Ariane 5 Mission With 4 Galileo Satellites is a ''Go'' for Launch

The latest cluster of four Galileo spacecraft has been cleared for liftoff from the Spaceport in French Guiana on Arianespace Flight VA240, using an Ariane 5 to loft these latest additions to Europe’s civilian-run satellite navigation constellation.
The payload for Arianespace’s Ariane Flight VA240

The payload arrangement for Flight VA240 is depicted in this cutaway drawing.

Approval for the December 12 mission was provided today following the launch readiness review, which is performed prior to each Arianespace flight. The review validated the heavy-lift vehicle’s “go” status, along with its Galileo spacecraft, the Spaceport’s infrastructure and ground-based tracking resources.

During an afternoon mission that is to depart from the Spaceport’s ELA-3 launch facility, the Ariane 5 ES version will deploy its four passengers in two pairs – with their releases separated by 20 minutes.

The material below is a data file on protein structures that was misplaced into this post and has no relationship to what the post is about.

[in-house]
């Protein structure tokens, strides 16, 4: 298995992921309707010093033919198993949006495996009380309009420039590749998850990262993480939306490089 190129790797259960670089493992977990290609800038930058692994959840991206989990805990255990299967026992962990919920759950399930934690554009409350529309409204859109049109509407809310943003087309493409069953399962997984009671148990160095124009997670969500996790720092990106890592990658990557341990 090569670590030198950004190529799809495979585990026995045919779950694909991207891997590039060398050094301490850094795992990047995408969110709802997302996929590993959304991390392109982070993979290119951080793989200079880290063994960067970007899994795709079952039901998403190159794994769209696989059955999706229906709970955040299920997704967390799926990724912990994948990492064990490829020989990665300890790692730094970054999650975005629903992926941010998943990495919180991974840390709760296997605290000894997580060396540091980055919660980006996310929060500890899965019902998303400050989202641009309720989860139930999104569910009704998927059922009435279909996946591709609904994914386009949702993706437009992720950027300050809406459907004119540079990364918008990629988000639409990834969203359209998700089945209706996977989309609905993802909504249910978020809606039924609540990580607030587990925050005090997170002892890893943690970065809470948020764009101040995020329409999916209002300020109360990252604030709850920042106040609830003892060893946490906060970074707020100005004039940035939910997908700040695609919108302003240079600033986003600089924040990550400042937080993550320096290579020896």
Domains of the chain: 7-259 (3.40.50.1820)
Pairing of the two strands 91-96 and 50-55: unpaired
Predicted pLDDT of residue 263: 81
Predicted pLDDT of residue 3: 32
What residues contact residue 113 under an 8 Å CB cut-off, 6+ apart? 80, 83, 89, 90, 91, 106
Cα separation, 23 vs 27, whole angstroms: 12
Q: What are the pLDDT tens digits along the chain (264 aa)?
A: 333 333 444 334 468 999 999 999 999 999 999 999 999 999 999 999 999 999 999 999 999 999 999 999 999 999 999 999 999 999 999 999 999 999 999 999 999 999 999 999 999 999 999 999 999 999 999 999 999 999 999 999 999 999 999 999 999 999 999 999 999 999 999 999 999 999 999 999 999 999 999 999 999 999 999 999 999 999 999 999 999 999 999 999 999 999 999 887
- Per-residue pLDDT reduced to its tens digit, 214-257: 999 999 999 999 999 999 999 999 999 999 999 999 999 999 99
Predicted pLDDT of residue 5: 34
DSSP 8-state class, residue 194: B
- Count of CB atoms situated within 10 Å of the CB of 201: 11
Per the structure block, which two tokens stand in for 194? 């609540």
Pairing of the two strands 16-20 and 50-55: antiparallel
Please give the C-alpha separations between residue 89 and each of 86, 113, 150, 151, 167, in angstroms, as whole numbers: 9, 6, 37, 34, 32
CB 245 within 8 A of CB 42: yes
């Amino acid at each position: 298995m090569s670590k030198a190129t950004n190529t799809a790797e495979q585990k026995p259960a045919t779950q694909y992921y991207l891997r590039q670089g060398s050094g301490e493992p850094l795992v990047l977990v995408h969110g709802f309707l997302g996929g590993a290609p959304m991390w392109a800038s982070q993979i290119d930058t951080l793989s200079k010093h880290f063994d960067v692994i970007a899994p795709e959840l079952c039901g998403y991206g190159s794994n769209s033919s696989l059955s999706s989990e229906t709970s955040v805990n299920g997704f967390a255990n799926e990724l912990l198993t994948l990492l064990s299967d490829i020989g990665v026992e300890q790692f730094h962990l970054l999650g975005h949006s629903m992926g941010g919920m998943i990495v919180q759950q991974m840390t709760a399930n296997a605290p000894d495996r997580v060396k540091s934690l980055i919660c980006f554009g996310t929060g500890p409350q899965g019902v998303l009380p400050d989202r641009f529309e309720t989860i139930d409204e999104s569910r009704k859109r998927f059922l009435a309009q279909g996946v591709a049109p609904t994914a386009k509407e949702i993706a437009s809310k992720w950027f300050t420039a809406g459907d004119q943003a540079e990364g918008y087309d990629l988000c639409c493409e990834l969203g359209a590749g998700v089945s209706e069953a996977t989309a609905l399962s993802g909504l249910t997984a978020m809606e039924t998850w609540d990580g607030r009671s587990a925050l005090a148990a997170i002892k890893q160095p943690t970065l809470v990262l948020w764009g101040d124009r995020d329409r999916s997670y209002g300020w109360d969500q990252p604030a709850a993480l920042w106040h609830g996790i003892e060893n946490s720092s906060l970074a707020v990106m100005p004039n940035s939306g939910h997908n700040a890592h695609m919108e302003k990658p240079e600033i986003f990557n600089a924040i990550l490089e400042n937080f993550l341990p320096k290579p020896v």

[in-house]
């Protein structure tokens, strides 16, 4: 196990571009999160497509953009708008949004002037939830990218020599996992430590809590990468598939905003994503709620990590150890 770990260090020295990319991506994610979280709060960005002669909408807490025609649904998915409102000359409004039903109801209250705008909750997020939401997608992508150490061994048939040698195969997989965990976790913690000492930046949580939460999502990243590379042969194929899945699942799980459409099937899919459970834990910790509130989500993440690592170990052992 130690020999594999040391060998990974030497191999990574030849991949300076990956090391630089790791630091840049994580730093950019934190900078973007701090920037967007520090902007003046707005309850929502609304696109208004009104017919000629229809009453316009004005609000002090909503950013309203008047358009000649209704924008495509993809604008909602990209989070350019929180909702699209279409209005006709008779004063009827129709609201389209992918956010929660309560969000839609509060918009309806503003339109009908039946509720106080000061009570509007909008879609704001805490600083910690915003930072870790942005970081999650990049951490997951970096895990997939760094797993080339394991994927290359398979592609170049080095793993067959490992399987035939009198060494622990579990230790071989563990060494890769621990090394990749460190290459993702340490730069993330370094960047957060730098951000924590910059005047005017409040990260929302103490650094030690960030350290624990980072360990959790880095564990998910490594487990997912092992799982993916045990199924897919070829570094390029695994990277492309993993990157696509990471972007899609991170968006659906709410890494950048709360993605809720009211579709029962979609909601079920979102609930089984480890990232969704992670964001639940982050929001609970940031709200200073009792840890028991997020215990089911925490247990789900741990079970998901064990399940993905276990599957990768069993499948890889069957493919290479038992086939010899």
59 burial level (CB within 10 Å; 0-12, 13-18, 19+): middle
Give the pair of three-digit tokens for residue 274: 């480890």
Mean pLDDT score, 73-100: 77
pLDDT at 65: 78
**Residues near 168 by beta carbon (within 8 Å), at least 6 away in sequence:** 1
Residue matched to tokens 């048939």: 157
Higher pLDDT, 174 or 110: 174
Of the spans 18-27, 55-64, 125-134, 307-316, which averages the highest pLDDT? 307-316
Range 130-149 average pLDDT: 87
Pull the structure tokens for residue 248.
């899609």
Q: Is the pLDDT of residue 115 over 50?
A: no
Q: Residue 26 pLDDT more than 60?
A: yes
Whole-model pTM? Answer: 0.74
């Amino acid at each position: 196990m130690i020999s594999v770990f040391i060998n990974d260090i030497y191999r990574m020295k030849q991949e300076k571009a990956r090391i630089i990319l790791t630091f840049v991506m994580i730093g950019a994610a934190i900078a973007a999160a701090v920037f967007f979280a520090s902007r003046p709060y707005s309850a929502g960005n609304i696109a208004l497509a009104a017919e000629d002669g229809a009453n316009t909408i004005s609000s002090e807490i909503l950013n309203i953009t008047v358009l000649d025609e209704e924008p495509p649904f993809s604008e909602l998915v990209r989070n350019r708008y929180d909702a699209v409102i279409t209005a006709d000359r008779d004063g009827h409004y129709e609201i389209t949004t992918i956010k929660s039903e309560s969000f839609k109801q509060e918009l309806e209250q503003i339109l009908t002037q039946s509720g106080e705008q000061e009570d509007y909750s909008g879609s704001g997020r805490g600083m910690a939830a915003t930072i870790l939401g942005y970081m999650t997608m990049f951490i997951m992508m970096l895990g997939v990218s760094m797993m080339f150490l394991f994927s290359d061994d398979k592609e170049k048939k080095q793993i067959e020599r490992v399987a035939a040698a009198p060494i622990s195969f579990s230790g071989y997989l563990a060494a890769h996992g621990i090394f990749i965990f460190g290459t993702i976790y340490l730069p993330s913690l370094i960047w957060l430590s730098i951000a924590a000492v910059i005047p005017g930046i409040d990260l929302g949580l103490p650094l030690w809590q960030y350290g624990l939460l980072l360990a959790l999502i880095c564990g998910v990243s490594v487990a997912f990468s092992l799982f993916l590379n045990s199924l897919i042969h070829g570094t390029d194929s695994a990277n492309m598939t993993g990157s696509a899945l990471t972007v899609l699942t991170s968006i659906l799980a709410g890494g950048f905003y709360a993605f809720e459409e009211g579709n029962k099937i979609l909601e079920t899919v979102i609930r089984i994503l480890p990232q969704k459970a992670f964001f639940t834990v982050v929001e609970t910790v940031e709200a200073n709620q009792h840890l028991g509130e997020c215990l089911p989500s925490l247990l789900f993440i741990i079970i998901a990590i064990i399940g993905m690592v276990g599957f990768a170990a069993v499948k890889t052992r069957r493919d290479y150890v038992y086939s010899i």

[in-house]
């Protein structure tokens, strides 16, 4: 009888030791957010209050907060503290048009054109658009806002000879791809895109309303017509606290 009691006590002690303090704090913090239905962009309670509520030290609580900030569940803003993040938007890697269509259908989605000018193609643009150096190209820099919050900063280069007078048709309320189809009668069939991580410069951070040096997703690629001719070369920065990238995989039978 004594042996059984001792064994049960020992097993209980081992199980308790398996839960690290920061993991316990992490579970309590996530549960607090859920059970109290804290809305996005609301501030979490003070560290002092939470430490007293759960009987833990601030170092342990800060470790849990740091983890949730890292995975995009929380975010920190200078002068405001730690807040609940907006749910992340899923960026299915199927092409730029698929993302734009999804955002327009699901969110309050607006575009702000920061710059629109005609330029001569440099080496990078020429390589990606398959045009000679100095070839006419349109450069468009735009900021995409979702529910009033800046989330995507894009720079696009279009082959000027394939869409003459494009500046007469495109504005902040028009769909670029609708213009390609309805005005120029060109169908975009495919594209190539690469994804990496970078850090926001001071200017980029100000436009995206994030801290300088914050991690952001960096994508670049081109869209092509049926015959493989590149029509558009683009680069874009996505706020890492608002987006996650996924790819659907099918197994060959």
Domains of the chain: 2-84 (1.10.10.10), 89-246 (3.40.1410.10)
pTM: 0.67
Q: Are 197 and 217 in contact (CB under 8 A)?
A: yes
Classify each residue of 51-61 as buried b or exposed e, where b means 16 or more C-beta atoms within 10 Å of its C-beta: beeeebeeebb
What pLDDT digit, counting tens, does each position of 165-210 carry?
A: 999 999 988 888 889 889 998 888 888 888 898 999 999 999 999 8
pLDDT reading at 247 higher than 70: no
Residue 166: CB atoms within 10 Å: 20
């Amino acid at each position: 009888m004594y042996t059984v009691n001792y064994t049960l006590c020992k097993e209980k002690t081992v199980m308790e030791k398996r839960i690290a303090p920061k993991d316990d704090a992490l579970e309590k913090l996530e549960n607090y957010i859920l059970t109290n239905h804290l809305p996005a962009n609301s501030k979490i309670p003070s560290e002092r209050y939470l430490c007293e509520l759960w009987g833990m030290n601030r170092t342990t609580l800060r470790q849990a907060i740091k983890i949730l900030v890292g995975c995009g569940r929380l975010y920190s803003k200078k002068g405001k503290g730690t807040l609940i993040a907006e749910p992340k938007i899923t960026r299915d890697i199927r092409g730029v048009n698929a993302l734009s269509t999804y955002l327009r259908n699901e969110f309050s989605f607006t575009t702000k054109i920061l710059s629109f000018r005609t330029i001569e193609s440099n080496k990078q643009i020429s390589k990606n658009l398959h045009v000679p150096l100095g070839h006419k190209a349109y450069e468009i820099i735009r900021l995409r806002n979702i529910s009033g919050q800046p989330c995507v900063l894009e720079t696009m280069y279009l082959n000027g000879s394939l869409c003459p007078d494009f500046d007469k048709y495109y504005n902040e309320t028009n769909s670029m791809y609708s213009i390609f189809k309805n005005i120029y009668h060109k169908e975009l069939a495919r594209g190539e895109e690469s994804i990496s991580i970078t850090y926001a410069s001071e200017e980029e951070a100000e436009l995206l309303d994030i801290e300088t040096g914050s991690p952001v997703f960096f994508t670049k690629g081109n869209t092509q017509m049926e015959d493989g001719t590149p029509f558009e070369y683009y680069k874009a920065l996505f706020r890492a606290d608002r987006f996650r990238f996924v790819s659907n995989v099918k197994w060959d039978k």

Ariane 5 and the Galileo dispenser from ArianeGroup

The satellites have a liftoff mass of approximately 715 kg. each, and will be injected into a medium Earth orbit (MEO) at an altitude of 22,925 kilometers. To achieve this, the Ariane 5’s storable propellant upper stage will perform two burns during a mission lasting 3 hours and 55 minutes.

As with the workhorse Ariane 5 launcher itself, the multi-passenger dispenser for the four Galileo satellites was developed and built by ArianeGroup. Flight VA240 marks the second time that Arianespace is using the Ariane 5 ES and dispenser system to orbit payloads for Europe’s satellite navigation system, following other flights that employed medium-lift Soyuz vehicles carrying two Galileo spacecraft per mission.

Flight VA240 will close out Arianespace’s 2017 launch activity, which previously involved 10 flights from the Spaceport: five performed with Ariane 5, three utilizing the lightweight Vega and two with the medium-lift Soyuz.

Liftoff time for Flight VA240:

French Guiana

Washington, D.C.

Universal Time (UTC)

Paris

At 3:36:07 p.m.
on December 12

At 1:36:07 p.m.
on December 12

At 18:36:07
on December 12

At 7:36:07 p.m.
on December 12

Source: Arianespace
Date: Dec 11, 2017